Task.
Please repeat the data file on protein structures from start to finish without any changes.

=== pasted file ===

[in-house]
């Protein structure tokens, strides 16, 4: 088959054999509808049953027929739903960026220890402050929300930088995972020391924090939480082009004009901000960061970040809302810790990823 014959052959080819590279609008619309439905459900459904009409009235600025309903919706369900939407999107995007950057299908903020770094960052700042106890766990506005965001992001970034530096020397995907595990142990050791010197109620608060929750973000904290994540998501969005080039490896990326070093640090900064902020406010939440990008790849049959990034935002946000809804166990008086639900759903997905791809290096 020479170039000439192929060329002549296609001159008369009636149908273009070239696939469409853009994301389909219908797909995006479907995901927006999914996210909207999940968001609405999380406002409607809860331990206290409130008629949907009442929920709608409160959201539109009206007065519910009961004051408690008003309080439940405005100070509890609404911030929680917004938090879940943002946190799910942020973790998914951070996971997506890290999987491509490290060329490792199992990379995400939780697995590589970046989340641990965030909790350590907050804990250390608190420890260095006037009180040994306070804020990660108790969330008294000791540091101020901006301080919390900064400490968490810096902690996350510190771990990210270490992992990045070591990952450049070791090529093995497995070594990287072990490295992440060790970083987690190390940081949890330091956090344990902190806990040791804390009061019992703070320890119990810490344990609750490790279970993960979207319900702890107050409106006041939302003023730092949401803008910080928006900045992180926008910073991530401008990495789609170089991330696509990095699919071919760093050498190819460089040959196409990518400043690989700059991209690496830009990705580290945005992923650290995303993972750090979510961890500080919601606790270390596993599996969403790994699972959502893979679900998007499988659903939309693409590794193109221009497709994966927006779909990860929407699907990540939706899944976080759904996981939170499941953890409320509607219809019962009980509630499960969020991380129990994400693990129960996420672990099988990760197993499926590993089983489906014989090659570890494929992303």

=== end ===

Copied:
[in-house]
């Protein structure tokens, strides 16, 4: 088959054999509808049953027929739903960026220890402050929300930088995972020391924090939480082009004009901000960061970040809302810790990823 014959052959080819590279609008619309439905459900459904009409009235600025309903919706369900939407999107995007950057299908903020770094960052700042106890766990506005965001992001970034530096020397995907595990142990050791010197109620608060929750973000904290994540998501969005080039490896990326070093640090900064902020406010939440990008790849049959990034935002946000809804166990008086639900759903997905791809290096 020479170039000439192929060329002549296609001159008369009636149908273009070239696939469409853009994301389909219908797909995006479907995901927006999914996210909207999940968001609405999380406002409607809860331990206290409130008629949907009442929920709608409160959201539109009206007065519910009961004051408690008003309080439940405005100070509890609404911030929680917004938090879940943002946190799910942020973790998914951070996971997506890290999987491509490290060329490792199992990379995400939780697995590589970046989340641990965030909790350590907050804990250390608190420890260095006037009180040994306070804020990660108790969330008294000791540091101020901006301080919390900064400490968490810096902690996350510190771990990210270490992992990045070591990952450049070791090529093995497995070594990287072990490295992440060790970083987690190390940081949890330091956090344990902190806990040791804390009061019992703070320890119990810490344990609750490790279970993960979207319900702890107050409106006041939302003023730092949401803008910080928006900045992180926008910073991530401008990495789609170089991330696509990095699919071919760093050498190819460089040959196409990518400043690989700059991209690496830009990705580290945005992923650290995303993972750090979510961890500080919601606790270390596993599996969403790994699972959502893979679900998007499988659903939309693409590794193109221009497709994966927006779909990860929407699907990540939706899944976080759904996981939170499941953890409320509607219809019962009980509630499960969020991380129990994400693990129960996420672990099988990760197993499926590993089983489906014989090659570890494929992303």